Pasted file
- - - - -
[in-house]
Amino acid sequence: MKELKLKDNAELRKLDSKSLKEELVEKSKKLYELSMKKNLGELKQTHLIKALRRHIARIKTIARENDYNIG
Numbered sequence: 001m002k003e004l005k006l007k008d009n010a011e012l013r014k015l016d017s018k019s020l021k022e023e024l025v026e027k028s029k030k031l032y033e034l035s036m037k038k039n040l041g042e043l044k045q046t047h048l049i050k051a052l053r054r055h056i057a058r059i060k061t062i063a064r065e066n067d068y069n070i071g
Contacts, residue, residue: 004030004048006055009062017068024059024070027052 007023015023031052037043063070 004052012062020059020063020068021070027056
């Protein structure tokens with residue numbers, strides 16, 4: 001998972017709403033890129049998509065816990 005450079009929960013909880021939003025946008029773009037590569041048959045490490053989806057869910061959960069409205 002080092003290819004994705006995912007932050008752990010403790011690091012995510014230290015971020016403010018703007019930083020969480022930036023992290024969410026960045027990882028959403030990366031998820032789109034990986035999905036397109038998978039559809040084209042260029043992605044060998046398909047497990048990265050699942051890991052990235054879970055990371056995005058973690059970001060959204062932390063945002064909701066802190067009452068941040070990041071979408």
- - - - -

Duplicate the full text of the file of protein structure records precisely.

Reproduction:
[in-house]
Amino acid sequence: MKELKLKDNAELRKLDSKSLKEELVEKSKKLYELSMKKNLGELKQTHLIKALRRHIARIKTIARENDYNIG
Numbered sequence: 001m002k003e004l005k006l007k008d009n010a011e012l013r014k015l016d017s018k019s020l021k022e023e024l025v026e027k028s029k030k031l032y033e034l035s036m037k038k039n040l041g042e043l044k045q046t047h048l049i050k051a052l053r054r055h056i057a058r059i060k061t062i063a064r065e066n067d068y069n070i071g
Contacts, residue, residue: 004030004048006055009062017068024059024070027052 007023015023031052037043063070 004052012062020059020063020068021070027056
């Protein structure tokens with residue numbers, strides 16, 4: 001998972017709403033890129049998509065816990 005450079009929960013909880021939003025946008029773009037590569041048959045490490053989806057869910061959960069409205 002080092003290819004994705006995912007932050008752990010403790011690091012995510014230290015971020016403010018703007019930083020969480022930036023992290024969410026960045027990882028959403030990366031998820032789109034990986035999905036397109038998978039559809040084209042260029043992605044060998046398909047497990048990265050699942051890991052990235054879970055990371056995005058973690059970001060959204062932390063945002064909701066802190067009452068941040070990041071979408």